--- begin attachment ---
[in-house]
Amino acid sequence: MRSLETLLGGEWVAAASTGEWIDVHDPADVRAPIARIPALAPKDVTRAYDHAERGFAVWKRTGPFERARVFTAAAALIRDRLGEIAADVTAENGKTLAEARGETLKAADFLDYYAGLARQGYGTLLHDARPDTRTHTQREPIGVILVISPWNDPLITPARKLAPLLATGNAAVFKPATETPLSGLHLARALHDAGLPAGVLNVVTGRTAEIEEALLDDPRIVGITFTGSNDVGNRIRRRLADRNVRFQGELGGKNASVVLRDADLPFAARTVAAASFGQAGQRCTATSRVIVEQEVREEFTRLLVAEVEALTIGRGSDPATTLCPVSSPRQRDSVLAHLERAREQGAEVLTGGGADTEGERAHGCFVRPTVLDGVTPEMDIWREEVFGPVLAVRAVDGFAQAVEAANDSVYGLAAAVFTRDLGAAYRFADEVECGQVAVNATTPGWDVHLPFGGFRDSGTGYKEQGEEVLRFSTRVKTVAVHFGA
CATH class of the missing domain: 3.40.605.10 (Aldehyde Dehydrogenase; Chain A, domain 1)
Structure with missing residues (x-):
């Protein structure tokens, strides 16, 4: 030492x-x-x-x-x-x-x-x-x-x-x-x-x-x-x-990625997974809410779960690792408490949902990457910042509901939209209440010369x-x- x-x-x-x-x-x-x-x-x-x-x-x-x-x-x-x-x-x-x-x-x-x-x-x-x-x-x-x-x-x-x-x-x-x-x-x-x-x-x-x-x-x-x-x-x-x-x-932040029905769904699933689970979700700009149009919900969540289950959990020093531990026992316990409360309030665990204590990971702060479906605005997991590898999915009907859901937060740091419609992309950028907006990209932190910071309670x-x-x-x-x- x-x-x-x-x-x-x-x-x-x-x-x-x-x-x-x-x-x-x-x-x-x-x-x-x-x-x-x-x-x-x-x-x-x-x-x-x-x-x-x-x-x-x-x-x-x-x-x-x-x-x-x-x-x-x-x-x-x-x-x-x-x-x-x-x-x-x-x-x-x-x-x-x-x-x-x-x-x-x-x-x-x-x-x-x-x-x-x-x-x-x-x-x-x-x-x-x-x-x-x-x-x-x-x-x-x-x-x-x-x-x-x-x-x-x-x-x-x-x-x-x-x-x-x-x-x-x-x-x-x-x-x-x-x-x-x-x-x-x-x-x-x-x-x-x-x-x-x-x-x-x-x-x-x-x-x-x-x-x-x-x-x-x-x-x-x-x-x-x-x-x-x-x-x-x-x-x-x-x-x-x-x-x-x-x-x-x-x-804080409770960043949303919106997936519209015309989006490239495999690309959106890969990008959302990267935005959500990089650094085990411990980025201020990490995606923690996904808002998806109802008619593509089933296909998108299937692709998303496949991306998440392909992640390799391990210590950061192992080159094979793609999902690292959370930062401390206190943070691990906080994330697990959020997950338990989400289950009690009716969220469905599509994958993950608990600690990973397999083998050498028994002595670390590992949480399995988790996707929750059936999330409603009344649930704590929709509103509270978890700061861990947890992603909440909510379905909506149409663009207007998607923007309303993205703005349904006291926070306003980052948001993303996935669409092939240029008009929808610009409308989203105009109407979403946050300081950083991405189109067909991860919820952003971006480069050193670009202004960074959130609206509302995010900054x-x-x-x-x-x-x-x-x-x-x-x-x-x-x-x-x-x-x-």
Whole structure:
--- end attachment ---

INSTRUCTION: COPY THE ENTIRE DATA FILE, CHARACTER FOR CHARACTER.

[in-house]
Amino acid sequence: MRSLETLLGGEWVAAASTGEWIDVHDPADVRAPIARIPALAPKDVTRAYDHAERGFAVWKRTGPFERARVFTAAAALIRDRLGEIAADVTAENGKTLAEARGETLKAADFLDYYAGLARQGYGTLLHDARPDTRTHTQREPIGVILVISPWNDPLITPARKLAPLLATGNAAVFKPATETPLSGLHLARALHDAGLPAGVLNVVTGRTAEIEEALLDDPRIVGITFTGSNDVGNRIRRRLADRNVRFQGELGGKNASVVLRDADLPFAARTVAAASFGQAGQRCTATSRVIVEQEVREEFTRLLVAEVEALTIGRGSDPATTLCPVSSPRQRDSVLAHLERAREQGAEVLTGGGADTEGERAHGCFVRPTVLDGVTPEMDIWREEVFGPVLAVRAVDGFAQAVEAANDSVYGLAAAVFTRDLGAAYRFADEVECGQVAVNATTPGWDVHLPFGGFRDSGTGYKEQGEEVLRFSTRVKTVAVHFGA
CATH class of the missing domain: 3.40.605.10 (Aldehyde Dehydrogenase; Chain A, domain 1)
Structure with missing residues (x-):
């Protein structure tokens, strides 16, 4: 030492x-x-x-x-x-x-x-x-x-x-x-x-x-x-x-990625997974809410779960690792408490949902990457910042509901939209209440010369x-x- x-x-x-x-x-x-x-x-x-x-x-x-x-x-x-x-x-x-x-x-x-x-x-x-x-x-x-x-x-x-x-x-x-x-x-x-x-x-x-x-x-x-x-x-x-x-x-932040029905769904699933689970979700700009149009919900969540289950959990020093531990026992316990409360309030665990204590990971702060479906605005997991590898999915009907859901937060740091419609992309950028907006990209932190910071309670x-x-x-x-x- x-x-x-x-x-x-x-x-x-x-x-x-x-x-x-x-x-x-x-x-x-x-x-x-x-x-x-x-x-x-x-x-x-x-x-x-x-x-x-x-x-x-x-x-x-x-x-x-x-x-x-x-x-x-x-x-x-x-x-x-x-x-x-x-x-x-x-x-x-x-x-x-x-x-x-x-x-x-x-x-x-x-x-x-x-x-x-x-x-x-x-x-x-x-x-x-x-x-x-x-x-x-x-x-x-x-x-x-x-x-x-x-x-x-x-x-x-x-x-x-x-x-x-x-x-x-x-x-x-x-x-x-x-x-x-x-x-x-x-x-x-x-x-x-x-x-x-x-x-x-x-x-x-x-x-x-x-x-x-x-x-x-x-x-x-x-x-x-x-x-x-x-x-x-x-x-x-x-x-x-x-x-x-x-x-x-x-x-804080409770960043949303919106997936519209015309989006490239495999690309959106890969990008959302990267935005959500990089650094085990411990980025201020990490995606923690996904808002998806109802008619593509089933296909998108299937692709998303496949991306998440392909992640390799391990210590950061192992080159094979793609999902690292959370930062401390206190943070691990906080994330697990959020997950338990989400289950009690009716969220469905599509994958993950608990600690990973397999083998050498028994002595670390590992949480399995988790996707929750059936999330409603009344649930704590929709509103509270978890700061861990947890992603909440909510379905909506149409663009207007998607923007309303993205703005349904006291926070306003980052948001993303996935669409092939240029008009929808610009409308989203105009109407979403946050300081950083991405189109067909991860919820952003971006480069050193670009202004960074959130609206509302995010900054x-x-x-x-x-x-x-x-x-x-x-x-x-x-x-x-x-x-x-």
Whole structure: